New research from EY analyzes the views of more than 100 global media and entertainment (M&E) executives about how recent events have impacted their businesses. The research reveals that nearly half (48 percent) of execs surveyed say that increasing resilience is their biggest post-pandemic priority.
In last year’s pre-pandemic survey, 37 percent of executives said that without reinvention their companies would cease to exist in five years. In this year’s Building a Resilient Media and Entertainment Enterprise study, 45 percent of respondents held the same view. Yet, questions remain around where to begin—42 percent of executives (up from 25 percent last year) admit they are uncertain about what actions to prioritize in order to realize their business transformation agendas.
Building resilience and rewriting corporate DNA are mission critical
“For media and entertainment companies, building more resilient enterprises requires rewriting corporate DNA,” said John Harrison, EY Americas media & entertainment sector leader, in a news release. “To do that, leadership teams must address the operational and strategic changes occurring in the industry. Reinventing an organization’s internal processes—making them fit-for-purpose and future-proofed—must occur within the context of re-examining the entire business model.”
COVID-19 was a wake-up call for the M&E industry. Executives saw the urgent need to accelerate transformation. More than half (52 percent) of M&E executives say COVID-19 permanently changed how their businesses operate.
The survey also reveals that M&E executives are building resilient businesses and reframing their futures by focusing on four key areas: simplifying operations and functions; innovating business models; securing the enterprise; and reimagining the future of work.
Simplification, innovation and customer-centricity rise to the top
Overall, 41 percent of M&E executives cited simplifying the enterprise as a business priority, specifically, consolidation of business units, departments or functions (52 percent) and outsourcing back-office activities (43 percent).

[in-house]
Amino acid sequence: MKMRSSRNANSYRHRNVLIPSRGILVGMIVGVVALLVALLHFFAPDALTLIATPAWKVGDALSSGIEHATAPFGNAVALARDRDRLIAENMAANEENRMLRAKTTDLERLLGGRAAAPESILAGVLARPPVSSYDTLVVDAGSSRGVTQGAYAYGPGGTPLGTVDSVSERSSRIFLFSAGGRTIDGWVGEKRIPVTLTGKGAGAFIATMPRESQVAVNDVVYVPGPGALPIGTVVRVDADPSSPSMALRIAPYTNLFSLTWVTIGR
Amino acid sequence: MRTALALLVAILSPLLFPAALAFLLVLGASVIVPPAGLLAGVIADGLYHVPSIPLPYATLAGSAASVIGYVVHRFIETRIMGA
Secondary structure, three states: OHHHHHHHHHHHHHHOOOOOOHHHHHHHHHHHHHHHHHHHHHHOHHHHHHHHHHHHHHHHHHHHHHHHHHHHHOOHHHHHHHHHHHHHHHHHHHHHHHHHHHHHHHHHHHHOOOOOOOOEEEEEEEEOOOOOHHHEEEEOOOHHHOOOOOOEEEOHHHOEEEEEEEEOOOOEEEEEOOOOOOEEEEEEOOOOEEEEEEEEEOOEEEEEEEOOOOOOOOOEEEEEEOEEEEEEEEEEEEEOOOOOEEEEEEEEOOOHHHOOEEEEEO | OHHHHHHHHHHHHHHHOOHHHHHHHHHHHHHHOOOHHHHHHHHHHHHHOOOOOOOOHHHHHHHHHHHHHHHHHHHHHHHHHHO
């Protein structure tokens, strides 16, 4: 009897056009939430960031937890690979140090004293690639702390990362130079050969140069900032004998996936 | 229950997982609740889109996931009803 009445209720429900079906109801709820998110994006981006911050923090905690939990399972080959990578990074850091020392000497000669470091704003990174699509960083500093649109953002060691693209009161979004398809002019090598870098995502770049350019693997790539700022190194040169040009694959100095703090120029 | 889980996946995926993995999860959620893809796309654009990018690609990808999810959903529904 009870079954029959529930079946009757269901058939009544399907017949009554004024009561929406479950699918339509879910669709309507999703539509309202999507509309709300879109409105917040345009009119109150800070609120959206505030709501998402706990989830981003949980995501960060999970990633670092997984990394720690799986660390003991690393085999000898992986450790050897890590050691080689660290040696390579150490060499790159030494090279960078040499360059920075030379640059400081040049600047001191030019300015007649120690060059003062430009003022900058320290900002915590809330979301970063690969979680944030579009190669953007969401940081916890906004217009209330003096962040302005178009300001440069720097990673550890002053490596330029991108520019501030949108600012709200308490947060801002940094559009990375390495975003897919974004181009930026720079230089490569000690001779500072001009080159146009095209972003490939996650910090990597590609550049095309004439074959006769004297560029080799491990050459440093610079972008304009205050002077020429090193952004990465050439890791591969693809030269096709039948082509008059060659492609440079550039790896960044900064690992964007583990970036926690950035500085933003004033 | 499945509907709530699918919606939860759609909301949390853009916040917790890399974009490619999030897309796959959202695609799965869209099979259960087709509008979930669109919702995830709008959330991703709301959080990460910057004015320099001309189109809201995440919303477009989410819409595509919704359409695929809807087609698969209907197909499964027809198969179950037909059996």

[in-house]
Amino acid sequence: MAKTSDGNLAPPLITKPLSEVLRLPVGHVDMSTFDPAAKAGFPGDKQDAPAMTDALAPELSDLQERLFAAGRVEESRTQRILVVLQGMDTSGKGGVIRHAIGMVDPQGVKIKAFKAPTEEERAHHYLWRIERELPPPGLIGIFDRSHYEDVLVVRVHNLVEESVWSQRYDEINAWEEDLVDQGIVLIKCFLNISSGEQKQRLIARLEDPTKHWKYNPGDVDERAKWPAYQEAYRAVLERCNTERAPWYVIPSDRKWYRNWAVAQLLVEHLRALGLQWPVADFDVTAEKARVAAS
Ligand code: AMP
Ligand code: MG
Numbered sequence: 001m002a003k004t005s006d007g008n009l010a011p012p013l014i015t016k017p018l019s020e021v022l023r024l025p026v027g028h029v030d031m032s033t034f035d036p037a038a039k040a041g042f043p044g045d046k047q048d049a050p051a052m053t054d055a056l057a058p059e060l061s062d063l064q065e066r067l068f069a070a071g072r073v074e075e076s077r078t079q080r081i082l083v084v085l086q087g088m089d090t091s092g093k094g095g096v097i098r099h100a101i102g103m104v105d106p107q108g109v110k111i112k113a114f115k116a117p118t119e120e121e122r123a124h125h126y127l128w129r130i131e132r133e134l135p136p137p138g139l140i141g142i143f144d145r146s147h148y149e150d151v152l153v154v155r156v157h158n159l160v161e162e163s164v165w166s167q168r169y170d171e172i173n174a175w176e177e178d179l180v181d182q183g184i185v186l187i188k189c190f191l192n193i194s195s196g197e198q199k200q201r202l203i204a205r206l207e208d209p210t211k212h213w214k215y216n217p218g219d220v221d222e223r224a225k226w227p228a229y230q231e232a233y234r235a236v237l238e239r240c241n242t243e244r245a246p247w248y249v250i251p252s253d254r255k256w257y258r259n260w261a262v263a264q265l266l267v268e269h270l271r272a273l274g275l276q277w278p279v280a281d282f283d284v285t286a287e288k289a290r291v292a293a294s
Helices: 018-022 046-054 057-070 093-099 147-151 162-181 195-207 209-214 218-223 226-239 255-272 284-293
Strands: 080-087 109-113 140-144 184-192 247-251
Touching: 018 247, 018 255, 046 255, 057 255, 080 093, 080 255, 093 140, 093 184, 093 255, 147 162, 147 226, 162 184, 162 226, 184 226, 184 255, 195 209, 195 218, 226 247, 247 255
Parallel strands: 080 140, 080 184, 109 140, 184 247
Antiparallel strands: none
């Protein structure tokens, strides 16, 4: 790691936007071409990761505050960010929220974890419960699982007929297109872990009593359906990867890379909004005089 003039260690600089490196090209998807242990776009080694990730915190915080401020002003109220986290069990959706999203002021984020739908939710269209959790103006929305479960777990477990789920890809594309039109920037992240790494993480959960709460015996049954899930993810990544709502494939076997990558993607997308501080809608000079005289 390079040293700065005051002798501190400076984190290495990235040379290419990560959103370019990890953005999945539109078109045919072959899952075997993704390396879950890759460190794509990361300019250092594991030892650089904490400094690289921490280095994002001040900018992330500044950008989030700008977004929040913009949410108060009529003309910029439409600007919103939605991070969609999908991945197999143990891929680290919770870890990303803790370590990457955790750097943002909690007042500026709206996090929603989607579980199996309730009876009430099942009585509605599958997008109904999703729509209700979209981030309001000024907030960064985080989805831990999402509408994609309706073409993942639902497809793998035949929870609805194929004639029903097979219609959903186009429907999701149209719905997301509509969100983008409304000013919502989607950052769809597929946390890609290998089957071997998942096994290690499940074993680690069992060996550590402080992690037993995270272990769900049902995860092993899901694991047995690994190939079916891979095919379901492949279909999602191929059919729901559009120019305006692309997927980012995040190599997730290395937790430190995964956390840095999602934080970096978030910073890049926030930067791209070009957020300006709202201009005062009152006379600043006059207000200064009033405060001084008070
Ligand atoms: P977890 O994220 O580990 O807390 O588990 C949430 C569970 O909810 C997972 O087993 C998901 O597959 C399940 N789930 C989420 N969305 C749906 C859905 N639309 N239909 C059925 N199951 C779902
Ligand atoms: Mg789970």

M&E executives are also focused on business model innovation, with 48 percent saying they can no longer rely on traditional industry business models. Developing new distribution models is a key innovation priority, with half of M&E executives saying they are committed to exploiting new paths to reach the end customer.
Broadcast and cable network owners, for example, are now fully committed to the direct-to-consumer (D2C) model, shifting the industry ecosystem structure from wholesale to retail, while film studios are proactively shrinking the theatrical window to get movies onto streaming services more quickly, fueling D2C subscriber growth and achieving efficiency in marketing spend for new releases.
“COVID-19 has accelerated the pace of long-running changes taking place across the M&E industry, including cord-cutting, the explosion of streaming and the non-stop growth of targeted digital advertising,” said Harrison. “For many of these companies, this is the first time they have a direct relationship with their customers. They understand that they will have to continue to simplify, reinvent, secure and future-proof their businesses to retain customers and stand the test of time.”
Workforce transformation and investing in technology are paramount
COVID-19 is having ongoing structural effects on workforce planning, with close to half of M&E executives (48%) citing the transformation of work as key to achieving their strategic goals.
Among M&E executives, the most preferred option (53 percent) for redesigning their workforce model involves flexible working practices, including a balance of on-premise and remote work. This move will address issues related to talent and skills gaps, work location and recruiting costs by making it easier for companies to source talent more broadly.
Other key findings from the survey include:
- Replacing legacy technology is the biggest IT priority (52 percent), with improving IT security (44 percent) and hiring IT talent (41 percent) also in focus.
- For 61 percent of mid-size M&E companies, a lack of investment capital is one of the biggest inhibitors to growth and transformation.
- Next-gen technologies such as 5G and IoT provide a platform to engage customers in new ways and 47 percent of executives are investing in them.
- In the sports and live events subsector, 53 percent of respondents indicate their businesses face enduring change following the pandemic.
The latest EY annual survey of media and entertainment leaders asked more than 100 members of the C-suite about their priorities for the year ahead and beyond. Respondents represent US companies spanning the M&E industry’s varied subsectors and with annual revenues ranging in scale from US$250m to more than US$10b. The survey was conducted in December 2020.